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Saturday, July 18, 2009


A friend had lent me her copy of The Secret and have browsed through it, again, this rainy weekend. I got bored so I go online and check their website and am flooded with testimonials from people who have benefited from the book. I am however a skeptic at heart, and naturally veer away from the mushy stuff especially if it's too hard-sell. And why does their website have a paying-members-only page? Hmmm...

I decide to go to youtube. I chance upon a video of Sharon Stone giving a tribute to Tom Hanks as The American Film Institute's Lifetime Achievement Awardee in 2002. I don't know how I got to that video when I was originally searching for 'men in speedos'. Anyway, Sharon Stone was in white pants and a sleeveless knit silver blouse. And the whole time I was listening to her speech about Tom Hanks's contribution to AIDS Awareness I was staring at the 'favorite' link below the video screen.

I thought: Silver knitwear, favorite, silver knitwear, favorite... AHA! With 'expressing gratitude' in my consciousness from reading The Secret to Sharon Stone's silver knitwear: Here now is a list of a few of my favorite things and why I am grateful to have them.

1. I have a classic silver turtleneck sweater I bought from the ukay-ukay in 1997 and still keep to this day. I only wear the sweater for special occasions because all that sheen reeks of formality. Unlike Ms. Stone's sleeveless number, mine is a body-hugging top. It is perfect for semi-formal events paired with black pants or grey flannel slacks. Wearing the sweater I feel like a million bucks, knitted bling makes you feel rich, but also because I am forced to pull up my back so the sweater doesn't scrunch in the middle, giving me perfect posture. I lengthen my neck so the turtleneck doesn't scrunch up also, but basically because the silver yarn is a tad itchy. All in all it is a comfortable and warm top for chilly nights. I've worn it on Christmas and other Holidays -- yes, even in Manila. And I have been complimented many times for it. The sweater makes me feel good and reminds me that you can never go wrong with a classic.

2. Two books I will never throw away in my collection are A Bear Called Paddington by Michael Bond and Out Of Africa by Isak Dinesen. Both books were given to me by my teacher Vicky Rico-Costina. The first book was handed to me at the end of First Year High School in 1981. Vicky had scribbled on the inside page: For Martin, who was a good and happy bear when I was around -- fondly, Miss Rico. Vicky was my English teacher and the first person to encourage me to spend time reading books and to write essays. She was an unorthodox teacher taking our class out in the sunshine to observe nature, flying kites, playing games, and through these activities imparting our lessons in English.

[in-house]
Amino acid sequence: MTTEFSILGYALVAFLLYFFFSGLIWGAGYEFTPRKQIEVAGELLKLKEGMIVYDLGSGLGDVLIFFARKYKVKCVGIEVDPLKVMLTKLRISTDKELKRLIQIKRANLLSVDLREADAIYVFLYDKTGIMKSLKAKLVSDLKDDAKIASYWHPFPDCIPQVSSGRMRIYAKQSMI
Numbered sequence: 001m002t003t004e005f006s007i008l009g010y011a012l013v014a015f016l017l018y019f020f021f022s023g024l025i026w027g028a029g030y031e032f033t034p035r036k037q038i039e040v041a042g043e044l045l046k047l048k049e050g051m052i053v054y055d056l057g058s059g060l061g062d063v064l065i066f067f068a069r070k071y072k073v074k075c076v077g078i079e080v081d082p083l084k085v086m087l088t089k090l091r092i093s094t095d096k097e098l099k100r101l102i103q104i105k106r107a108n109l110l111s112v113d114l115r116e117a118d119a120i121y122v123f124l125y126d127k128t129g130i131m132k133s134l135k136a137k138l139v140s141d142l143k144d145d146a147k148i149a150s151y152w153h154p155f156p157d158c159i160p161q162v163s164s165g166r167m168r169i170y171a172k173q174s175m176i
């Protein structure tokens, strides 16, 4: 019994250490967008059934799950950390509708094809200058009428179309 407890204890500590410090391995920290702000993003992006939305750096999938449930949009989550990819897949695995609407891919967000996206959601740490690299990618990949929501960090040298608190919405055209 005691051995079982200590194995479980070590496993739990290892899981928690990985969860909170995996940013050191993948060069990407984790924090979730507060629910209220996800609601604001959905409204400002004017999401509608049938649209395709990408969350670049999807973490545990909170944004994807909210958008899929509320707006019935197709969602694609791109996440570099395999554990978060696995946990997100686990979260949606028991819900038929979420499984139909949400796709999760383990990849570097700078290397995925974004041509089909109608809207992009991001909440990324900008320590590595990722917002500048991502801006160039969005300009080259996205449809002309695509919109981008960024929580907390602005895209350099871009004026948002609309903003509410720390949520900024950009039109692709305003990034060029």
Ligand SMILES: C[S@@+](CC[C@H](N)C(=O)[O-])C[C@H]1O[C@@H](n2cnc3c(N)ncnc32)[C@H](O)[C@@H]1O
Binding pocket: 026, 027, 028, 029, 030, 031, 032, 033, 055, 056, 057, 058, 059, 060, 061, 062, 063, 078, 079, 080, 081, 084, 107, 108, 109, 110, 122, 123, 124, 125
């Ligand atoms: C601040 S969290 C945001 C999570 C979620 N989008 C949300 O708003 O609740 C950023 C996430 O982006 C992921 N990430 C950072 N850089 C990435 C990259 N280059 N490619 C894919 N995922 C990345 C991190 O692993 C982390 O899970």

I was fortunate to have Vicky as a teacher again in college. This time we had tackled the dreaded Shakespeare, unpronounceable Maupassant, suicidal Hemingway, and other great writers. On one of our first days in English 3, Vicky had brought a tape recorder and played us some Beatles songs as we dissected Lennon and McCartney's poetry. Eleanor Rigby could've been the girl in 'She Dwelt Among The Untrodden Ways'.

We had to do a movie review of Out of Africa, so the whole class caught an evening showing in the old Pines Theater in Session Road. I submitted a darn good review if I may say so, as Vicky upon giving back our graded assignments, asked me if she could keep mine for posterity. She gave me a copy of the book at the end of the semester, again, writing on the front page; To Martin, who best appreciates Isak Dinesen's world -- Miss Rico. I remember her reading passages from the book to our class -- Vicky with her impeccable diction -- it was like listening to a professional recording of the book.

I am grateful for having Vicky and other great teachers while in school. They taught me valuable lessons I still hold dear today.

3. My grandfather's brandy snifters because they bring me back to my childhood when I would be asked by my Lolo Ikong to pour him two fingers of brandy in his glass. Those glasses are now collectibles according to Martha Stewart. I am grateful that they just might be worth gazillions on ebay someday.

4. My brown, leather bag given to me by my sister. No, not the one mistaken for an Hermes by a dingbat. The brown, actually tan, back-pack with the heady leather smell that reminds me of horses and the time this same sister bought a horse and how we all learned to ride bareback that summer in '78. Horseback riding was a wonderful diversion for me while being riddled with adolescent anxiety. I am grateful for my sister and how to this day she is generous to me.

5. My father's gas range and oven that I inherited when he passed away in 2005. Slightly used as he had just bought it when he remodeled his house, the truth is I was the first one to use it when my Dad decided to test the oven by roasting a turkey. He bought the big bird from the supermarket and ordered: "Cook it!" I miss the old man and am grateful we patched things up before it was too late.

It's 6am and I have got to get some shuteye as I will be meeting up with my other sister after lunch. I am grateful to this sister for giving me her slightly used skin products that she buys on a whim but develops allergies or skin reactions to after a few days of use. Now I shall lather the Retinol-A cream before I doze off to ensure a youthful skin tone later when I wake up. Who knows who else I might meet at Shangri-La?

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